Our new and improved Boussignac CPAP mask helps enhance patient recovery
With so much evidence supporting the effectiveness of Continuous Positive Airway Pressure (CPAP) to enhance patient recovery, Vygon’s boussignac CPAP is now even more effective than ever with a new, improved mask for better fit and comfort.
The new mask has been specially designed by respiratory device experts Hans Rudolph so that it is easy to fit and sits securely on a patient’s face with very little room for dead space.
First launched 10 years ago, the boussignac CPAP blazed a trail for this type of non-invasive therapy delivered by a portable and lightweight device. By removing the need for mechanical ventilation and intubation, boussignac CPAP also eliminates the associated health risks, including airway trauma, barotrauma, volutrauma and infection. As an open system it is compatible with other devices so other therapies can continue during treatment.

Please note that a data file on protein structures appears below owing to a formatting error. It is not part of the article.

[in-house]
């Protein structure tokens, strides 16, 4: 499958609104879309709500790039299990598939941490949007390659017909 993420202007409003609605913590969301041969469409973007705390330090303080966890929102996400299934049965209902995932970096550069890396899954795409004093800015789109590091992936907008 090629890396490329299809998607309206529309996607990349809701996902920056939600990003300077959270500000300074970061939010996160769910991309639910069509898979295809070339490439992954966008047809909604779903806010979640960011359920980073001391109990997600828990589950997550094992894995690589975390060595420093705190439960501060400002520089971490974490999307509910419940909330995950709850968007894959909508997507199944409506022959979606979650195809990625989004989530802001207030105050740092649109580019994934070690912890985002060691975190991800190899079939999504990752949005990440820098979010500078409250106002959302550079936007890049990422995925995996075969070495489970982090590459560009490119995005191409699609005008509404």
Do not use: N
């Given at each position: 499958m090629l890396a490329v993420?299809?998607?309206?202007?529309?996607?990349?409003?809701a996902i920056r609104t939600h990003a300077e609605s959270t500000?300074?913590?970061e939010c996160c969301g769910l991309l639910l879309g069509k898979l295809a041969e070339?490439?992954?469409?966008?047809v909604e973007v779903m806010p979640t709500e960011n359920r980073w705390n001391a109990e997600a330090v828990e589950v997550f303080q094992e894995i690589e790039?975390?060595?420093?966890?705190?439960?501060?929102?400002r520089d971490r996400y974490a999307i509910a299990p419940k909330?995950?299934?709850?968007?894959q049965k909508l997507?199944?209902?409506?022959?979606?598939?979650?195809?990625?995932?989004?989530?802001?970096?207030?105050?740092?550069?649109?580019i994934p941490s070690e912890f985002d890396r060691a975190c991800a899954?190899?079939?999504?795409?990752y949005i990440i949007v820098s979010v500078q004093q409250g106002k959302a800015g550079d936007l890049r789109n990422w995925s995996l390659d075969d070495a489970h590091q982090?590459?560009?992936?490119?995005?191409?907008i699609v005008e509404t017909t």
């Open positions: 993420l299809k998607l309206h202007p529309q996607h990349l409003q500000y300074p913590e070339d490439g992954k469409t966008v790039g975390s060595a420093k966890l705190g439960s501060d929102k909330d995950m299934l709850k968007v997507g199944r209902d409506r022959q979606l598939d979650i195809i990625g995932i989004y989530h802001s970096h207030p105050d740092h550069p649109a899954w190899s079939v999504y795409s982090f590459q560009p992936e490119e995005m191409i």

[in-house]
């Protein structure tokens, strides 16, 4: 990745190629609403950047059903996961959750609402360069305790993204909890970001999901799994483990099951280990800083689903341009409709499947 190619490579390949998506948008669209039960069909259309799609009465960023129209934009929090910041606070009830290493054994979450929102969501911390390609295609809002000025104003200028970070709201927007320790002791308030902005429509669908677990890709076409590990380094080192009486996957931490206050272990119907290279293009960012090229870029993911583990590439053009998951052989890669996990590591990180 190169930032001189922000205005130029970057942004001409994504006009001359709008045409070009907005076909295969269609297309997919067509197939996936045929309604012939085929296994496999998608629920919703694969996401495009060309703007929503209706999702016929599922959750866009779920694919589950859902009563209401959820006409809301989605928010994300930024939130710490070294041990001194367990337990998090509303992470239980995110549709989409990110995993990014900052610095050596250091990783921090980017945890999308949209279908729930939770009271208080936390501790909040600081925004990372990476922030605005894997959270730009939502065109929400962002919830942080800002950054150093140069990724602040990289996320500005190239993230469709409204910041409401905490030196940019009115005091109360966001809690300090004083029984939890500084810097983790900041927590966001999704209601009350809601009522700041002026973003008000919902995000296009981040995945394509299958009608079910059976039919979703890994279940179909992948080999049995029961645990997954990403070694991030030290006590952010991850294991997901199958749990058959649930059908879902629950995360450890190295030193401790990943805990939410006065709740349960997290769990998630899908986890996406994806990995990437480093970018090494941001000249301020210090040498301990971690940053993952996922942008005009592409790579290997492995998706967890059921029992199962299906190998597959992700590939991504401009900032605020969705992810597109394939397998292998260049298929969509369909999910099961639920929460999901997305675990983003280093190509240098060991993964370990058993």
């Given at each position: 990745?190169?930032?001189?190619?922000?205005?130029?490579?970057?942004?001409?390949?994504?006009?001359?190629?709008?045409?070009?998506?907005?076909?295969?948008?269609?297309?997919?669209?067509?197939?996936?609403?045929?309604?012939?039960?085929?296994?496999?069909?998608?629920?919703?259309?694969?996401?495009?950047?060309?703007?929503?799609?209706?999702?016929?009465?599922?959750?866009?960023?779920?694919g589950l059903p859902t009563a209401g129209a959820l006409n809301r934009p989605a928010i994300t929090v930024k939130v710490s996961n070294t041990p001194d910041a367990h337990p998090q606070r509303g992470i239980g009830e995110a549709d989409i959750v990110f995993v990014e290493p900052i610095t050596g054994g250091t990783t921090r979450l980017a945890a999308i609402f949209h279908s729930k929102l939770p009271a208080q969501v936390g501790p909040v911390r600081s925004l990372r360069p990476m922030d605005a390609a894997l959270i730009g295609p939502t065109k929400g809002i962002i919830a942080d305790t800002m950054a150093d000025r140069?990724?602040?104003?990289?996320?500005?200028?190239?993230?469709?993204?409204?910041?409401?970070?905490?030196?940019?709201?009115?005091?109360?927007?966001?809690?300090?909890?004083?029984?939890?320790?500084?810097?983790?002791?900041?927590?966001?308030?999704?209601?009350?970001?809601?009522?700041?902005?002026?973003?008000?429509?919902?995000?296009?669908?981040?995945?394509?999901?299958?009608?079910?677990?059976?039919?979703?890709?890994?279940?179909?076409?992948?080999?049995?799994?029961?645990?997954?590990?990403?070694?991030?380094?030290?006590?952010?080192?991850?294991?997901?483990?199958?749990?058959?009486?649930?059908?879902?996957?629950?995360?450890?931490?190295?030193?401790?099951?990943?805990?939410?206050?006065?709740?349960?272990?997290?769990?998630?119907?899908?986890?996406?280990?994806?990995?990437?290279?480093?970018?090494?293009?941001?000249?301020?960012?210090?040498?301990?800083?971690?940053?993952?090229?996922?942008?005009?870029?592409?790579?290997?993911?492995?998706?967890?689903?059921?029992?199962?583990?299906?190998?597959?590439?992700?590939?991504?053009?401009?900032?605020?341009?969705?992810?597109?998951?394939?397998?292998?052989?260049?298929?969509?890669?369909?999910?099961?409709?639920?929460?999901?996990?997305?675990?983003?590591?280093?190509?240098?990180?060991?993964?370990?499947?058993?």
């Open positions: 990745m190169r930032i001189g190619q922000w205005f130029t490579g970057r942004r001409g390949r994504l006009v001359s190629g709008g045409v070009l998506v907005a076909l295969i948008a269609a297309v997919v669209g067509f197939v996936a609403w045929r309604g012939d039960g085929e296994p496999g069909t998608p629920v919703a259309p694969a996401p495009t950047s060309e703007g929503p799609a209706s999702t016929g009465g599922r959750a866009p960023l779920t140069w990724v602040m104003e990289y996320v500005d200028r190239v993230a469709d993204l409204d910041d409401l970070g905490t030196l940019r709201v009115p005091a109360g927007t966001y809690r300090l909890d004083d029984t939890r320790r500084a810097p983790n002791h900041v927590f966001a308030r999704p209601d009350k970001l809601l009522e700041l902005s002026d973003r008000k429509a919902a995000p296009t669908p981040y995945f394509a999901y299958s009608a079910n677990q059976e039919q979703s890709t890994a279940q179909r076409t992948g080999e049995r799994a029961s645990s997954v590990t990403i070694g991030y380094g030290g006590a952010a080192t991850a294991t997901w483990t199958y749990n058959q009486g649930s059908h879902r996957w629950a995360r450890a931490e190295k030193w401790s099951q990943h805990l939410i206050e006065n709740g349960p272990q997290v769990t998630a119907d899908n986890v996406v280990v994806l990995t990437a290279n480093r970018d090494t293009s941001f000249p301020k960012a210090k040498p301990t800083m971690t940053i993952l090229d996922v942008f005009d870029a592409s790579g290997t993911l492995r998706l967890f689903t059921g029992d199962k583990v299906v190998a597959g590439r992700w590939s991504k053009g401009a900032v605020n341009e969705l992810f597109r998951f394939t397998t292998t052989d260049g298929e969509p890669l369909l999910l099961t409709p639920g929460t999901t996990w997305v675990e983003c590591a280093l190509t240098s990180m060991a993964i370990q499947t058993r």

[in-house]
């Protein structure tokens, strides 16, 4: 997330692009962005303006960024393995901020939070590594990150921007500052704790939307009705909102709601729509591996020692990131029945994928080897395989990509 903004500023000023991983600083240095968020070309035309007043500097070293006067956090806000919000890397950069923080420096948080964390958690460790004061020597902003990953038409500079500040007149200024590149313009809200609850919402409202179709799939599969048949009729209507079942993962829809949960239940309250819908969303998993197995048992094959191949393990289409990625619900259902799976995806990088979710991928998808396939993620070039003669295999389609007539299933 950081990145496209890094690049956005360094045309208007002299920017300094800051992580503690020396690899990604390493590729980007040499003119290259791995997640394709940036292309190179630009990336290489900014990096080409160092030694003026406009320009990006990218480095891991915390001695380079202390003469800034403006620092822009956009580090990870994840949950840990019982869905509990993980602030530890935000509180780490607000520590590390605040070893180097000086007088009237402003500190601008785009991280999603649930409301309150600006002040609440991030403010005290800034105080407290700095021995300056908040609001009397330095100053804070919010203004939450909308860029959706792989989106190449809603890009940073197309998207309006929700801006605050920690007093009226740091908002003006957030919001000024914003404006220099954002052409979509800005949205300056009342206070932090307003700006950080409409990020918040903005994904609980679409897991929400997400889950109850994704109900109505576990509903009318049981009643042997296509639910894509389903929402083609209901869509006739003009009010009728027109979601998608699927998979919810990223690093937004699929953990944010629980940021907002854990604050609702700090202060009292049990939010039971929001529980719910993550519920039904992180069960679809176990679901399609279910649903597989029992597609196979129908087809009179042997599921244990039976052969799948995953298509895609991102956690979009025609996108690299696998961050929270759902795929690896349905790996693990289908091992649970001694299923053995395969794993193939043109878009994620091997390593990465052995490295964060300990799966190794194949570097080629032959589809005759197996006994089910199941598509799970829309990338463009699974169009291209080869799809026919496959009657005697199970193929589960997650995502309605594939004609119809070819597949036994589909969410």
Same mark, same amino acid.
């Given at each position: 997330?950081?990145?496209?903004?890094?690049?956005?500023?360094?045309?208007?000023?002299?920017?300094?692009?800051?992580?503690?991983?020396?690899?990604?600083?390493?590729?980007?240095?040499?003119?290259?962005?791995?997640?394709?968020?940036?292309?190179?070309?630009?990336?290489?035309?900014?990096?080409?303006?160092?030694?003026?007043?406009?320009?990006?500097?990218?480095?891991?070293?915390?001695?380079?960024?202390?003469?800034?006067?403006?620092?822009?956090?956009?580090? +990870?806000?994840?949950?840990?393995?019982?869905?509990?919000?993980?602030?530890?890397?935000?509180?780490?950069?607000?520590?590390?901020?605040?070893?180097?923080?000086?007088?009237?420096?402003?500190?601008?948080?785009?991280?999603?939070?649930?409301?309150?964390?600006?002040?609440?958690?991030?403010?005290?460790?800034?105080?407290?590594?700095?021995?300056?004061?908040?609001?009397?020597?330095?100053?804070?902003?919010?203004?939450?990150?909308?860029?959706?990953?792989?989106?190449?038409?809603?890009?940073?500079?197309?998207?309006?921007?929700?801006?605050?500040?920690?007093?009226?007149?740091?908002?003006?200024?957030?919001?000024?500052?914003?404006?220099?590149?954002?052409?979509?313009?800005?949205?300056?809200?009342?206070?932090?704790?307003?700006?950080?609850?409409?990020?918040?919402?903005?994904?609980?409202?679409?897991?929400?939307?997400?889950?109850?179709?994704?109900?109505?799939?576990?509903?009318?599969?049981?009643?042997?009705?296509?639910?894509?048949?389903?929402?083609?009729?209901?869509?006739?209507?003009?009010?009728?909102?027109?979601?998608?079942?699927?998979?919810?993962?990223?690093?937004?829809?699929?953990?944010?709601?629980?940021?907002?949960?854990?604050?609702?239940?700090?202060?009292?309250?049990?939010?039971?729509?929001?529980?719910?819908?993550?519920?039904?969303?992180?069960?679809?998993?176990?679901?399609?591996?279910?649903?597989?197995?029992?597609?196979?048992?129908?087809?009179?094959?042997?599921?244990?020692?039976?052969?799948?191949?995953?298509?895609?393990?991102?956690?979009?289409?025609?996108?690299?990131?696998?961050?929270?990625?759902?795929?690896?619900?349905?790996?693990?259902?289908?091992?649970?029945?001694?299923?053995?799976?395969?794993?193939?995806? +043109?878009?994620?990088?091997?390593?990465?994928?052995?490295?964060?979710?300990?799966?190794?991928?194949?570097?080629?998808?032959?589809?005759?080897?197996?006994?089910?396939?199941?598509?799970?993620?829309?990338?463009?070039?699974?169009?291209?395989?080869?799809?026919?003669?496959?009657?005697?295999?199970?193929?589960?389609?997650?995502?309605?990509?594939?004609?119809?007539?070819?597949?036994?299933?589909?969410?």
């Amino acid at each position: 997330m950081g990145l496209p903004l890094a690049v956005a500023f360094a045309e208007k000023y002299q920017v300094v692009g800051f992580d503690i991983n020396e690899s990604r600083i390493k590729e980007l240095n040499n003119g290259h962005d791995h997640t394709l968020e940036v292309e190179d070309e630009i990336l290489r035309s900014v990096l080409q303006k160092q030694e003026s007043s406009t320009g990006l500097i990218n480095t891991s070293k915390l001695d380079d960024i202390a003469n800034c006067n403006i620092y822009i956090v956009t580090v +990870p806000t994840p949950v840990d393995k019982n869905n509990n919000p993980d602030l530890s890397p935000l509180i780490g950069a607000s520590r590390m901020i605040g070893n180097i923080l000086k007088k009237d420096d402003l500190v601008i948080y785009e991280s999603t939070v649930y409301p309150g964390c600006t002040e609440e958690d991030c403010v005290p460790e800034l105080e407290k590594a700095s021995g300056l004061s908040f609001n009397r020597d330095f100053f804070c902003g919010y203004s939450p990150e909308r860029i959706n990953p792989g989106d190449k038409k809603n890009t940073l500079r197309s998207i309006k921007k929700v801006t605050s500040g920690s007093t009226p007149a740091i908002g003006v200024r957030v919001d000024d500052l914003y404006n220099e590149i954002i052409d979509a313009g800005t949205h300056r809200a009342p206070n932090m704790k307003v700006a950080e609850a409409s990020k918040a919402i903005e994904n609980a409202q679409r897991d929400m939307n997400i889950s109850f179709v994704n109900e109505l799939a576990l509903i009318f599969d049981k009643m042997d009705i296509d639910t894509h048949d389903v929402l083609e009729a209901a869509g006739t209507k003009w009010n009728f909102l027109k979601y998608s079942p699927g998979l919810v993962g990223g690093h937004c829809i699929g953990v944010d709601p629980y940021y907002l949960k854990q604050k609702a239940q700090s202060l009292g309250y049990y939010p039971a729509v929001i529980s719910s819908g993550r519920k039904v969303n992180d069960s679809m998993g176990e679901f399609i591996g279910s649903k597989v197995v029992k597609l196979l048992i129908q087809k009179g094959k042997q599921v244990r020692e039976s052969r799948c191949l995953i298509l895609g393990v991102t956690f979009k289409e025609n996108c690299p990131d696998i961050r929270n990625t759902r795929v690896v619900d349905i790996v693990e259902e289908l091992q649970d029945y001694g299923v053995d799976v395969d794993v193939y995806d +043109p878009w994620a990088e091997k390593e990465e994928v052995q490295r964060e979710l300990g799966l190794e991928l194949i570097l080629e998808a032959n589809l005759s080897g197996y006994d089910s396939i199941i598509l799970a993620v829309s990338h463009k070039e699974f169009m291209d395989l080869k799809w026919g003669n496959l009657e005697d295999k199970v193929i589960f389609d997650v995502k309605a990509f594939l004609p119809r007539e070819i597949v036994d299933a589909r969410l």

The boussignac CPAP system works by using the incoming flow of oxygen to generate a turbulent virtual pressure valve in the open expiratory side of the mask1 by injecting high speed gas into a cylinder through angled side channels2.
CPAP is used by paramedics, A&E teams, and by clinicians both during and after surgical and medical procedures. It is by particularly effective in the following situations:
- Acute pulmonary edema
- Dyspnoea and severe respiratory distress
- Acute, severe asthma
- Extra ventilation support during procedures, for example fibreoptic bronchoscopy
- Weaning after post-operative intubation and ventilation, such as post-operative obese patients
“Clinicians have trusted our boussignac CPAP technology for many years now and we are delighted we can improve the patient experience, compliance and outcomes further still with our new mask,” explains Sam Kirby, Business Unit Manager for Anaesthesia & Emergency at Vygon. “As a proven, safe, simple and flexible alternative to mechanical ventilation it is recognised as an effective, easy to use device by teams both before and during hospital treatment.
1. Moritz F. et al. Boussignac continuous positive airway pressure device in the emergency care of acute cardiogenic pulmonary oedema: a randomised pilot study. 2003. 5p.
2. Templier F. et al. “Boussignac” continuous positive airway pressure system: practical use in a prehospital medical care unit. 2002. 7p
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